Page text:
Thursday, November 23, 2017

ALIA VOX Reissues Early Spanish Music Release


At the end of last week, the ALIA VOX label used its Heritage series to reissue a recording of some of the earliest documented music from the Iberian peninsula. The music comes from a volume known as the Cantigas de Santa Maria (canticles of Holy Mary). These are 420 poems written in the medieval Galician-Portuguese language, each of which includes a line of monophonic music notation. These were written during the reign of Alfonso X of Castile, between 1221 and 1284. Known as “El Sabio” (the wise), he is often taken to be both author and composer.

The collection is framed by an introduction and two prologues. 356 of the poems are narrative accounts of miracles attributed to the Virgin Mary. Every tenth poem is a hymn. The remaining poems refer to Marian or Christological feasts. To say that the narratives tend to be on the longish side would probably invite accusations of understatement. Presumably those at Alfonso’s court had time for such extended expressions of Christian devotion. There are also narratives that clearly appeal to the baser instincts of Alfonso’s courtiers, such as the one about the nun whose pregnancy “vanished” after she appealed to the Virgin Mary.

One of the surviving codices includes miniatures showing musicians playing instruments:

photographic reproduction from Wikimedia Commons (public domain)

It would be reasonable to assume that the melodic lines of the songs had instrumental accompaniment. It would also be reasonable to assume that the accompaniment did not necessarily reproduce the notated line. For that matter one may also assume that multiple voices would perform the songs in some form of harmony. The marks in the codex do not constitute the alpha and the omega of how the music should be made.

The performances on the Alia Vox release were prepared and led by Jordi Savall. The performers were the vocalists of La Capella Reial de Catalunya and the musicians of Hespèrion XX. The recordings were made in February of 1993 in the Colegiata romana de Cardona in Catalonia. One of the tracks was recorded much later, in April of 2008.

Savall has a consistent reputation for taking imaginative approaches to early music, recognizing that, even in the thirteenth century, listeners (and probably performers as well) had better things to do than play the same music over and over with only the words changing. Whatever the narrative accounts of the Virgin Mary may have been, these were probably familiar stories that would require a bit of individual panache to keep the listening experience from getting tedious. Savall thus deserves credit for recognizing that innovative arrangement needs to be part of performance.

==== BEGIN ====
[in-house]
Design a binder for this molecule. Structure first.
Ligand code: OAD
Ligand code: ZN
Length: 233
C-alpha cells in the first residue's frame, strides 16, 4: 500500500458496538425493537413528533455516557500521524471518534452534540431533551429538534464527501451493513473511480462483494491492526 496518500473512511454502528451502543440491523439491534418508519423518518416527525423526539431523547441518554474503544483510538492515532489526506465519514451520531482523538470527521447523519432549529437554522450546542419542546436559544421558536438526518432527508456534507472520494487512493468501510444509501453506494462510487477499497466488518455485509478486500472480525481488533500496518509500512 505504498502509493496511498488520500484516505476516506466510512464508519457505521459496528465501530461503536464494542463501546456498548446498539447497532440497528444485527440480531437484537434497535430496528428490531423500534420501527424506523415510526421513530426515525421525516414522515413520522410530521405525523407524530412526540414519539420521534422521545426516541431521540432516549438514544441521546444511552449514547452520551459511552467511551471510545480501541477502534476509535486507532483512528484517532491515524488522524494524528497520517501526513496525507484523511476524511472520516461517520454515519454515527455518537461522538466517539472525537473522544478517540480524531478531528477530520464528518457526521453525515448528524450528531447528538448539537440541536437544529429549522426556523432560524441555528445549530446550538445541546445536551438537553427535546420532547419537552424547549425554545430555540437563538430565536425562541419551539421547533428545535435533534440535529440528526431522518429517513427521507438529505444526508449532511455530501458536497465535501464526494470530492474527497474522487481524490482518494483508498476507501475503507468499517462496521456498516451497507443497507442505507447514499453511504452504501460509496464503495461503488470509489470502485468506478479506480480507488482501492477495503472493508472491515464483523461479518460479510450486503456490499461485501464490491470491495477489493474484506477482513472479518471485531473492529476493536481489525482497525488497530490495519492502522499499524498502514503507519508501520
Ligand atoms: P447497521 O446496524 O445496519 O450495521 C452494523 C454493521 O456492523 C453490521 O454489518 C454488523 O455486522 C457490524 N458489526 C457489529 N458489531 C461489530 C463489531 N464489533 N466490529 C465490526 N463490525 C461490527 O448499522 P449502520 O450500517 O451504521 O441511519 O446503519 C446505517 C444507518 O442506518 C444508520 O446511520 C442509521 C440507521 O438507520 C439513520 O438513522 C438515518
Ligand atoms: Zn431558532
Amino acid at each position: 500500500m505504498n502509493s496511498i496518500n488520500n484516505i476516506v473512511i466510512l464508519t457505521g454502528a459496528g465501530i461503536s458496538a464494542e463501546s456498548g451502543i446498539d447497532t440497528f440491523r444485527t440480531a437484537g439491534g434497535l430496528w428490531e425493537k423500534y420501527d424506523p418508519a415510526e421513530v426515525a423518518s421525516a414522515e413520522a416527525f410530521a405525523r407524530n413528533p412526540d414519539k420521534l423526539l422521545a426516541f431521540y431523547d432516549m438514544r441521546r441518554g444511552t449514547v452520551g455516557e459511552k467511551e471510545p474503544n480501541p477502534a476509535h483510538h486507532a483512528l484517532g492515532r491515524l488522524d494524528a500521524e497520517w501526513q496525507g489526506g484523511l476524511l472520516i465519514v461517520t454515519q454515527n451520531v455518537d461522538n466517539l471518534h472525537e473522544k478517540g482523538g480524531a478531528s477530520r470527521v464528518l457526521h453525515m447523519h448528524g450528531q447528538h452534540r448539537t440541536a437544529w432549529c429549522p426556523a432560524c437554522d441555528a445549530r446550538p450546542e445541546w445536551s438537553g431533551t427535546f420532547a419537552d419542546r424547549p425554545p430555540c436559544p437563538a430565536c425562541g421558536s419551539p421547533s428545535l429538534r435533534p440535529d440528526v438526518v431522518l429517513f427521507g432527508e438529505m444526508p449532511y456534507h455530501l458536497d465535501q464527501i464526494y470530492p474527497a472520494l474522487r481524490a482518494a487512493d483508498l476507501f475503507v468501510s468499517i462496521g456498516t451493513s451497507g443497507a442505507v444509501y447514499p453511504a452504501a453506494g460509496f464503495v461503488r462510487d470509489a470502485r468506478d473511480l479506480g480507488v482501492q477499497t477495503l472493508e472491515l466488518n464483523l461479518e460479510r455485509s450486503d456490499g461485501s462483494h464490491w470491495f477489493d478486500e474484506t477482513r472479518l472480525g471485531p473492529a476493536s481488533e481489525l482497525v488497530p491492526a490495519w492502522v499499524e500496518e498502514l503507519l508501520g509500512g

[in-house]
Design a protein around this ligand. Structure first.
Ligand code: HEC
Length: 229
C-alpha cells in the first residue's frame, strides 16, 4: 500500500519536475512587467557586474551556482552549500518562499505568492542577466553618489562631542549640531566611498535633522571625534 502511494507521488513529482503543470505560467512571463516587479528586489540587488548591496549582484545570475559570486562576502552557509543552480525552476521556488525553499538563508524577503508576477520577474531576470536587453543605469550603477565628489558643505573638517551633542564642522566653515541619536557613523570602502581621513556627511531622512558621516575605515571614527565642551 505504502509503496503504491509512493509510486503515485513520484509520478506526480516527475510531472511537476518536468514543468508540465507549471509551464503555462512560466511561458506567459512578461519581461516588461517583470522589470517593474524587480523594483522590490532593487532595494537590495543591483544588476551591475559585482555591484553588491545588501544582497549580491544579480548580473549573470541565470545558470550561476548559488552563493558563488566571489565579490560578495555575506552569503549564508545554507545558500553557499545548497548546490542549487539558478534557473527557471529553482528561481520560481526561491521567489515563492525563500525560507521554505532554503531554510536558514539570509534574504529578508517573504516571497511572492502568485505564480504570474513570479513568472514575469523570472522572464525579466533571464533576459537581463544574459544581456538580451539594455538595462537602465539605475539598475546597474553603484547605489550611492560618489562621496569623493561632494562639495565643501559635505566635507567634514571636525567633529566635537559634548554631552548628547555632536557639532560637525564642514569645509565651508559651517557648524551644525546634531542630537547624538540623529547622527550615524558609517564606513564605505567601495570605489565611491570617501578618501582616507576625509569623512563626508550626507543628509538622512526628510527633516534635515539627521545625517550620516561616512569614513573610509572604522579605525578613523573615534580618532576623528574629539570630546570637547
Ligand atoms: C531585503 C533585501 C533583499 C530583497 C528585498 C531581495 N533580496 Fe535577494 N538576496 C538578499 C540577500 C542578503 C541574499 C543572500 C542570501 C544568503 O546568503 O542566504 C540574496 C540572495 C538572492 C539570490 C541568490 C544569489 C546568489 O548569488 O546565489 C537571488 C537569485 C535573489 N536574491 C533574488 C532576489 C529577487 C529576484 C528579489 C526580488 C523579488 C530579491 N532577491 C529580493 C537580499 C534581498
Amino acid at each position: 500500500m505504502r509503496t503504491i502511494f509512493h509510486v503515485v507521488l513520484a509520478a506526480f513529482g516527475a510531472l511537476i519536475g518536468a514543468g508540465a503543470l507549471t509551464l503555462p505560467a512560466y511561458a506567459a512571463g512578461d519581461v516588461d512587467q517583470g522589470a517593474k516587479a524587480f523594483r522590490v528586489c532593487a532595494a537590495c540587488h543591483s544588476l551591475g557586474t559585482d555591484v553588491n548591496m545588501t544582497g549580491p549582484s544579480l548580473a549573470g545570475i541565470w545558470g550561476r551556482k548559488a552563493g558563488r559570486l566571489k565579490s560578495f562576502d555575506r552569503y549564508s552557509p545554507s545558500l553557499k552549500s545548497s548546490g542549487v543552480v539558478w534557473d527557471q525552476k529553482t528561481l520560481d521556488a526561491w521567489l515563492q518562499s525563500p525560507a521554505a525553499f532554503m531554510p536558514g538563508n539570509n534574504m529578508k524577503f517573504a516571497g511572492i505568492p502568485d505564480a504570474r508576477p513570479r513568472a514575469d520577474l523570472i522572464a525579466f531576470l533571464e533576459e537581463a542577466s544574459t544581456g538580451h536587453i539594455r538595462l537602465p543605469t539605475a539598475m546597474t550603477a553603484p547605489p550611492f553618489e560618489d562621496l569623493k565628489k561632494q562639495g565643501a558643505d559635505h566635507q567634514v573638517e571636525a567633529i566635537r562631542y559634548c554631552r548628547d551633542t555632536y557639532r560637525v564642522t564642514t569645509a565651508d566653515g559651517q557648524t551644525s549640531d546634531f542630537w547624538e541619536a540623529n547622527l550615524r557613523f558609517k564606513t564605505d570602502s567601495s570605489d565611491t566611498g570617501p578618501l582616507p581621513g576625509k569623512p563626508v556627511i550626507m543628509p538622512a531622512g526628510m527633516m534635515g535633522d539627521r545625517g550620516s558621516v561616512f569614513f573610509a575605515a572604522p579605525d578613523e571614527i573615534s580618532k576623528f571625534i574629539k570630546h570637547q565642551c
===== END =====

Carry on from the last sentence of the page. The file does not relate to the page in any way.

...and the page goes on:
The good news is that the inside cover of the album provides a convenient listing of which instruments are played by which members of Hespèrion XX. The not-so-good news is that there is not a track listing that accounts for which instruments are performed for which selections. In that respect the earlier release, at the beginning of this year, of the Llibre Vermell de Montserrat is likely to be more informative for those unfamiliar with early music practices.

This earlier recording was made from a concert performance, in which instrumental improvisations were interleaved with the vocal selections. The track listing specifies which instruments are involved on which tracks. In addition this recording was packaged with a “bonus” DVD of the concert performance itself. As a result, one has the benefits of not only knowing which instruments are in play but also seeing how they are played. The Llibre Vermell album thus provides excellent “prerequisite listening” for those whose interests then take them to Alfonso’s Cantigas.

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